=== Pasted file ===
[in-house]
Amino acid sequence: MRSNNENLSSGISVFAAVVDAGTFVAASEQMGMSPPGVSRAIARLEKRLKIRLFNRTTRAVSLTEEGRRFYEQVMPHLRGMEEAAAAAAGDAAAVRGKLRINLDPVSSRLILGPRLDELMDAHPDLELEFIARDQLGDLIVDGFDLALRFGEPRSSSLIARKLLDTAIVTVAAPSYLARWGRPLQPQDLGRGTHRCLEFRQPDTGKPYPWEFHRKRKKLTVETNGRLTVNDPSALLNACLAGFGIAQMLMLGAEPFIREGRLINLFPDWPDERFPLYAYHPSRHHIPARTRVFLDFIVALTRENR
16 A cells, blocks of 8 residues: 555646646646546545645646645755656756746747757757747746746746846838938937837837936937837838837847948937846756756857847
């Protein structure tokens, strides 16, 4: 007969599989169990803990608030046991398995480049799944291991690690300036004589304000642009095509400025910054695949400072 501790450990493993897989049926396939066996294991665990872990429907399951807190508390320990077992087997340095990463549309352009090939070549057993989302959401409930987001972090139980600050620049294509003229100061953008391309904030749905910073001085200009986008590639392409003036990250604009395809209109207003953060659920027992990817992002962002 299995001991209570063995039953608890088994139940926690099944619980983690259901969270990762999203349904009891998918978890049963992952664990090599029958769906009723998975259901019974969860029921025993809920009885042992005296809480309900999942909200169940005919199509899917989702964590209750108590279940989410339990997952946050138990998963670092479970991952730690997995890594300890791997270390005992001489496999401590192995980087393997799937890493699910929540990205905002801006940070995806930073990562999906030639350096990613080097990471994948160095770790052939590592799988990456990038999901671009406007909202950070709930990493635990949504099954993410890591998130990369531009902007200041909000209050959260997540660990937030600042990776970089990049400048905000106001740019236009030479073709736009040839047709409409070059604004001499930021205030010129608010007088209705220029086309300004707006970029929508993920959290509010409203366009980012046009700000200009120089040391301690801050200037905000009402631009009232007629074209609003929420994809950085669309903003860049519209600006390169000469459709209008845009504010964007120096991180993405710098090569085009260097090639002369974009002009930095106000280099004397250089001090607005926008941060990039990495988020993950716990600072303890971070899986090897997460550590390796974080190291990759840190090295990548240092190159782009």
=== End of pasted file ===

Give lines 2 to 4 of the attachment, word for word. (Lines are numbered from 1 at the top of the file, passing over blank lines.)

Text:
Amino acid sequence: MRSNNENLSSGISVFAAVVDAGTFVAASEQMGMSPPGVSRAIARLEKRLKIRLFNRTTRAVSLTEEGRRFYEQVMPHLRGMEEAAAAAAGDAAAVRGKLRINLDPVSSRLILGPRLDELMDAHPDLELEFIARDQLGDLIVDGFDLALRFGEPRSSSLIARKLLDTAIVTVAAPSYLARWGRPLQPQDLGRGTHRCLEFRQPDTGKPYPWEFHRKRKKLTVETNGRLTVNDPSALLNACLAGFGIAQMLMLGAEPFIREGRLINLFPDWPDERFPLYAYHPSRHHIPARTRVFLDFIVALTRENR
16 A cells, blocks of 8 residues: 555646646646546545645646645755656756746747757757747746746746846838938937837837936937837838837847948937846756756857847
């Protein structure tokens, strides 16, 4: 007969599989169990803990608030046991398995480049799944291991690690300036004589304000642009095509400025910054695949400072 501790450990493993897989049926396939066996294991665990872990429907399951807190508390320990077992087997340095990463549309352009090939070549057993989302959401409930987001972090139980600050620049294509003229100061953008391309904030749905910073001085200009986008590639392409003036990250604009395809209109207003953060659920027992990817992002962002 299995001991209570063995039953608890088994139940926690099944619980983690259901969270990762999203349904009891998918978890049963992952664990090599029958769906009723998975259901019974969860029921025993809920009885042992005296809480309900999942909200169940005919199509899917989702964590209750108590279940989410339990997952946050138990998963670092479970991952730690997995890594300890791997270390005992001489496999401590192995980087393997799937890493699910929540990205905002801006940070995806930073990562999906030639350096990613080097990471994948160095770790052939590592799988990456990038999901671009406007909202950070709930990493635990949504099954993410890591998130990369531009902007200041909000209050959260997540660990937030600042990776970089990049400048905000106001740019236009030479073709736009040839047709409409070059604004001499930021205030010129608010007088209705220029086309300004707006970029929508993920959290509010409203366009980012046009700000200009120089040391301690801050200037905000009402631009009232007629074209609003929420994809950085669309903003860049519209600006390169000469459709209008845009504010964007120096991180993405710098090569085009260097090639002369974009002009930095106000280099004397250089001090607005926008941060990039990495988020993950716990600072303890971070899986090897997460550590390796974080190291990759840190090295990548240092190159782009």